Russia-Ukraine conflict represents a challenge for exporters

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Workers at a seafood processing plant in the southern province of Bà Rịa-Vũng Tàu. — VNA/VNS Photo

HÀ NỘI — There are going to be both ups and downs for Vietnamese exporters as the Russia-Ukraine conflict intensifies, said industry experts and policymakers.

Economist Nguyễn Trí Hiếu said Russia’s demand for Vietnamese products, especially agricultural products, seafood and electronics will likely see a sharp rise as supply from elsewhere suffers from disruptions caused by the ongoing conflict.

Even if Vietnamese exporters stop sending their goods to Russia there are alternative markets to help absorb the damage as the Southeast Asian country signed a number of important trade agreements in recent years including the Comprehensive and Progressive Agreement for Trans-Pacific Partnership (CPTPP) and the European Union–Việt Nam Free Trade Agreement (EVFTA).

“This is a good time for us to put a concrete effort in improving product quality, safety standards and conform with international norms and regulations to find ways into new markets,” Hiếu said.

The conflict, however, will hurt a number of Vietnamese exporters in the short term, especially those who view Russia and Ukraine as their major markets.

Đoàn Hoàng Chiến, director of Kiên Cường Seafood, one of Việt Nam’s largest seafood exporters to Russia, said his firm has stopped all shipments to Russia since the country was cut off from the Society for Worldwide Interbank Financial Telecommunication (SWIFT), citing numerous difficulties in processing and receiving payments from Russian customers.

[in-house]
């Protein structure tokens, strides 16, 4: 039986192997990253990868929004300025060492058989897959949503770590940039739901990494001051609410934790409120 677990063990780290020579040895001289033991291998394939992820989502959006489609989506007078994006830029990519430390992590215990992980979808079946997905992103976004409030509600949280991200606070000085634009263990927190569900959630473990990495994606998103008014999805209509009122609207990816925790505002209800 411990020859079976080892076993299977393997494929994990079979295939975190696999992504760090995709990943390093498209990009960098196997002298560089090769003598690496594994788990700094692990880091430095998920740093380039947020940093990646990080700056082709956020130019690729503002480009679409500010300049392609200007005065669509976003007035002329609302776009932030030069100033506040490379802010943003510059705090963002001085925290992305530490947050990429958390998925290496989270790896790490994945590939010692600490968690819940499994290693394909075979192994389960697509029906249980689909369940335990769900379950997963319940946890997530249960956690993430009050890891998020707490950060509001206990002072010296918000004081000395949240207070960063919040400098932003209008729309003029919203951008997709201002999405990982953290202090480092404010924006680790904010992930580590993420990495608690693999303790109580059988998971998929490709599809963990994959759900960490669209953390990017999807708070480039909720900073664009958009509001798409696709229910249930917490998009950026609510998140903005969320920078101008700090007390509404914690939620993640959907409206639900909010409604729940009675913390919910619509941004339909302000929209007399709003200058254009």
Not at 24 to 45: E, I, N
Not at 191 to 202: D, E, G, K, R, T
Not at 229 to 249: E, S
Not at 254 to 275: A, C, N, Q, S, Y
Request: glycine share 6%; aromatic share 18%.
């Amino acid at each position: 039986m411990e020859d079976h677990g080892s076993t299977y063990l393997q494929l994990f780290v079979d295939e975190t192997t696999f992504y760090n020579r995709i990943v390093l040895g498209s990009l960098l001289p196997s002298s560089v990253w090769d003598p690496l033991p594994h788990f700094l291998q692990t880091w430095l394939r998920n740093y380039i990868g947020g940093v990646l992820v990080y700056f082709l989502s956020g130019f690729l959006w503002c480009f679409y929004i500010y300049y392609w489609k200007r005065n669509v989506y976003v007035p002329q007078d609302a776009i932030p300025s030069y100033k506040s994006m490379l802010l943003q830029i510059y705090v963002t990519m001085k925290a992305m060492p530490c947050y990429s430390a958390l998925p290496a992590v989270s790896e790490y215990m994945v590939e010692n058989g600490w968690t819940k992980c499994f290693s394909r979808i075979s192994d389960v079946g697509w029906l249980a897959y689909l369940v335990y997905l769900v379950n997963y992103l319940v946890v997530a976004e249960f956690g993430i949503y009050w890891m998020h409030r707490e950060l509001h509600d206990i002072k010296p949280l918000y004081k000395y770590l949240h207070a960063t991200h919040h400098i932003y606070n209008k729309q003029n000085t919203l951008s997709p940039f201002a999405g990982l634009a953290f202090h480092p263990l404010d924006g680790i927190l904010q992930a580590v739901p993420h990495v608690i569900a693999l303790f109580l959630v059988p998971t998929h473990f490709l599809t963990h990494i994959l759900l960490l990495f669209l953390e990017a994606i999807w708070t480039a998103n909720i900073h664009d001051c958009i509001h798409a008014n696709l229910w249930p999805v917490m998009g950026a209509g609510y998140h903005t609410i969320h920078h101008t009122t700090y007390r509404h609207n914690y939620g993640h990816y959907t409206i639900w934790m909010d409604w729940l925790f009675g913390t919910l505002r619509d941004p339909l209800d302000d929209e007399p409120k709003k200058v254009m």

Chiến said it has been a huge blow as Russia accounts for more than 30 per cent of Kiên Cường’s business. Fortunately, he said, all shipments delivered prior to the Tết Holiday (starting February 1) were paid and finished.

Sài Gòn Tâm Tâm JSC was another seafood and agricultural product exporter that has to stop doing business with Russia and Ukraine.

Phạm Quốc Bình, deputy-director of Sài Gòn Tâm Tâm, said the firm was forced to send all shipments to storage as shipping companies refused to make deliveries. Bình said his firm has not been able to find other buyers.

Trương Đình Hòe, general secretary of the Vietnam Association of Seafood Exporters and Producers (VASEP), said the conflict is unlikely to hurt the country’s seafood export in the long term as both Russia and Ukraine are minor markets of Vietnamese seafood products.

VASEP, however, said it has always considered the two markets to have a lot of potential for growth and so far around 50 Vietnamese seafood firms have reported they suffered losses due to the conflict.

The firms have been working closely with Russian and Ukrainian buyers on terms of payments for shipments that have been delivered. Meanwhile, they were forced to store undelivered shipments and recalled in-transit shipments.

In the meantime, the Ministry of Industry and Trade has issued a warning to all Vietnamese exporters regarding delays in customs clearance and payment due to the conflict.

Two-way trade between Việt Nam and Russia reached US$7.1 billion in 2021. While an 26 per cent increase year-on-year, it only accounted for less than 1 per cent of Việt Nam’s import/export. Ukraine, in comparison, was even smaller at just $720 million.

The pain, however, will come from indirect consequences of the conflict, said businesses.

Chiến said shipping cost, already at a record-high level, will likely climb even further as global oil price surges, cutting deep into exporters’ profit. He said extremely high shipping costs were a huge problem for Vietnamese exporters last year and has not been resolved.

In addition, weaker demand due to slower recovery post-pandemic, uncertainties of the future and a rise in input materials will all further complicate and inflate costs for businesses. — VNS

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